Charlie Sheen’s announcement on Tuesday’s Today show that he is HIV-positive was shocking, but when Hollywood activist Elizabeth Glaser and tennis great Arthur Ashe announced their diagnoses of HIV 25 years ago, it was stunning. At the time, AIDS, which eventually killed both Ashe and Glaser, was incurable. And HIV was still incorrectly thought of as a disease of homosexuals and injection drug users.
Just as Sheen was outed by the National Enquirer prior to his Today appearance, it had discovered Glaser’s diagnosis in 1989. USA Today had learned about Ashe in 1992. Both celebrities preempted these disclosures by going public themselves before these publications could.
Still, these coerced decisions raised an essential question: Do ill celebrities have the right to privacy or should their very public lives be an open book? Sheen’s news reminds us that this question has not gone away.
Glaser, a teacher and museum curator who was married to Hollywood actor Paul Michael Glaser, had contracted HIV through a blood transfusion in 1981 during the birth of her first child, Ariel. At that time, what would soon become AIDS was known as gay-related immune deficiency or GRID, a wasting and fatal disease that affected predominantly homosexual men. The blood supply was contaminated with what doctors would eventually call the HIV virus.
The Glasers had a second child, Jake, in 1984. They did not know anything was wrong until 1985, when Ariel got sick. It took several months for doctors to arrive at the seemingly inexplicable diagnosis of AIDS. Elizabeth Glaser had probably infected her daughter through breast feeding. Jake was also HIV-positive, having contracted the disease in utero.
What followed was an astounding saga, documented in Elizabeth Glaser’s 1991 autobiography, In the Absence of Angels. Ariel lived until 1988, having been one of the first children to receive intravenous azidothymidine (AZT). Meanwhile, Elizabeth became the most aggressive pediatric AIDS activist in the country.
“I had just lost one child,” Glaser later wrote. “The last thing I was going to do was lose another.”
Using Hollywood connections to meet with both President Ronald Reagan and surgeon general C. Everett Koop, she founded the Pediatric AIDS Foundation, which would raise millions of dollars to study the disease.
All of this was done secretly, however. Elizabeth Glaser had not gone public. Two of her friends were the public heads of the foundation. Reagan, Koop, the Glasers’ friends and those involved in the charity work kept quiet.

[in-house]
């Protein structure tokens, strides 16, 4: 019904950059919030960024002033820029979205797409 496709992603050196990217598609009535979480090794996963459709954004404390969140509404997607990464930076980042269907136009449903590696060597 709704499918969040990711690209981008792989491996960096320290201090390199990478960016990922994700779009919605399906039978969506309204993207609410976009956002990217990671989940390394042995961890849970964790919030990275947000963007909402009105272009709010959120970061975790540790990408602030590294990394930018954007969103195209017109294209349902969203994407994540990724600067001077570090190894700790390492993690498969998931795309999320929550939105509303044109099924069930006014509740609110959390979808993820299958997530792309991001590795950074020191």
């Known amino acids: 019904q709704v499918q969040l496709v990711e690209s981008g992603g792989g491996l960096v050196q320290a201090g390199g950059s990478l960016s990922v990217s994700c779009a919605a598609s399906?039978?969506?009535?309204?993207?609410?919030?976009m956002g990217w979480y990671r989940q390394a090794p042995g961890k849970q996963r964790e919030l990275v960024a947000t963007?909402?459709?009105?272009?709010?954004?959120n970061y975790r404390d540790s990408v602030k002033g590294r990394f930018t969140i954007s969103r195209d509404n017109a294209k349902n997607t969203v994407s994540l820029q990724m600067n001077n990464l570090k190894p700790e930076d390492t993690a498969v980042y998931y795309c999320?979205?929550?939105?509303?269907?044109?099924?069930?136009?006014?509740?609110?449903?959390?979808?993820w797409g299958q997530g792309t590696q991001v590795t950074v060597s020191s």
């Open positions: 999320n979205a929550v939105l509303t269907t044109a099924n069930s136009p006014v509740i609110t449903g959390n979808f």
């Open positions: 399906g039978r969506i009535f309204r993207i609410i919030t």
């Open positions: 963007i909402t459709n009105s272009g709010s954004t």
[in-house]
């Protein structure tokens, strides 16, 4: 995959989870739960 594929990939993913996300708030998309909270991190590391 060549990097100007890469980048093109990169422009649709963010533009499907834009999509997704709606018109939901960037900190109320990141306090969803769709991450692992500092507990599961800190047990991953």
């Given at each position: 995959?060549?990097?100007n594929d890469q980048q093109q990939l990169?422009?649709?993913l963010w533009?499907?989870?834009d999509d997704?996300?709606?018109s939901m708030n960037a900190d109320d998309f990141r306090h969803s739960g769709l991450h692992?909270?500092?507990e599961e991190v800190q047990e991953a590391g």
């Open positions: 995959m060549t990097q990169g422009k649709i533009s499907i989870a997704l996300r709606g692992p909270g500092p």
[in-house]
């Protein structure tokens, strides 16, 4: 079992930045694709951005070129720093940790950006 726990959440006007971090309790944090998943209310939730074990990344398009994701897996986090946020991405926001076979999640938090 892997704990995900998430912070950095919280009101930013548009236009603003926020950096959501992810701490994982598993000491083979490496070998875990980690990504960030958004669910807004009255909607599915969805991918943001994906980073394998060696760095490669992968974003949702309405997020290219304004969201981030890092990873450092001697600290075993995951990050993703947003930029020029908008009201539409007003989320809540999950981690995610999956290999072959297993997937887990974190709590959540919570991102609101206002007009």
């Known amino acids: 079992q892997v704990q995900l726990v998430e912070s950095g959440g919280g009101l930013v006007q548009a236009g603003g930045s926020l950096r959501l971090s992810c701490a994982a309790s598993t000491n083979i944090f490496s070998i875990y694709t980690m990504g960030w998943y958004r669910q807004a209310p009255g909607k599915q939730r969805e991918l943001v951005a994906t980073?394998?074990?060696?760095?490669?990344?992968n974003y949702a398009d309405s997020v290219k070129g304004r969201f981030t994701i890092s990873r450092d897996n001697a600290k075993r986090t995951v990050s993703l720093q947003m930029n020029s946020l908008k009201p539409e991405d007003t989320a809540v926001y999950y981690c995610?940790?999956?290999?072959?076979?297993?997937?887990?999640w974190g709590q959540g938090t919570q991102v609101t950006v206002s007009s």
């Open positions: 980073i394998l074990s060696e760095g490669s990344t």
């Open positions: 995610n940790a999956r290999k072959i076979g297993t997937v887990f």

But everything unraveled in August 1989 when a reporter from the National Enquirer called the Glaser home saying that the tabloid was planning to run a “very sad story” about the family. The Glasers immediately contacted a reporter at the Los Angeles Times, which published an article, “Breaking a Silence,” two weeks later.
Elizabeth Glaser was furious at what had happened. “How could any human being be doing this?” she later recounted. “It was unethical, immoral, a total outrage.”
Arthur Ashe also became infected with HIV by a blood transfusion. In Ashe’s case it occurred in 1983, when, at the young age of 40, he underwent his second heart bypass operation.
Ashe learned of the diagnosis in 1988 when he developed an unusual infection in his brain known as toxoplasmosis, meaning Ashe already had AIDS. The infection was treatable but AIDS was not. Ashe, having retired from tennis, continued his extensive efforts as a philanthropist and activist. Like Glaser, he shared his news only with his family and a small circle of friends.
Ashe’s moment of truth came in April 1992. Doug Smith, a childhood friend and a tennis writer for USA Today, paid a visit to Ashe at the behest of his editor, who had heard that Ashe was HIV-positive. “Is it true?” Smith asked.
Ashe equivocated. But he was furious. “[T]he anger was building in me,” he later wrote in his autobiography Days of Grace, “that this newspaper, any newspaper or part of the media, could think that it had a right to tell the world that I had AIDS.”
Like Glaser, Ashe took the bull by the horn. The next day, before USA Today decided to publish, he held a press conference at HBO headquarters and announced his diagnosis to a packed room of reporters.
For the next several days, the Ashe story was front-page news as the media avidly debated the public’s right to know. “Journalists serve the public by reporting news, not hiding it,” wrote one defender of USA Today. But a critic argued the opposite: “There was no public need to know, or right to know.” Most Americans took Ashe’s side. 95% of calls to USA Today were critical.
AIDS in 2015 is not like AIDS in the 1990s. Today the disease is largely treatable. Yet AIDS, with its strong associations to illicit behaviors, like promiscuous sex, still titillates.
Indeed, Sheen’s partying lifestyle—presumably the cause of his AIDS—makes him a much less sympathetic figure than either Glaser or Ashe. Yet Sheen insists he has always practiced safe sex and that he always has disclosed his diagnosis to his partners.
Once outed, Glaser and Ashe spent their remaining days as AIDS activists. Glaser was able to work openly for her foundation. At the 1992 Democratic National Convention, she gave a moving speech about Ariel that personalized a disease that many Americans feared. Ashe gave speeches around the country, emphasizing the toll that AIDS was taking on African-American communities.
So did the press have the right to out Charlie Sheen who, although a celebrity, is also a private citizen? Let the debate commence. Either way, here’s hoping that his disclosure—like those of Glaser and Ashe—ultimately does good.
Originally published on forbes.com on November 17, 2015.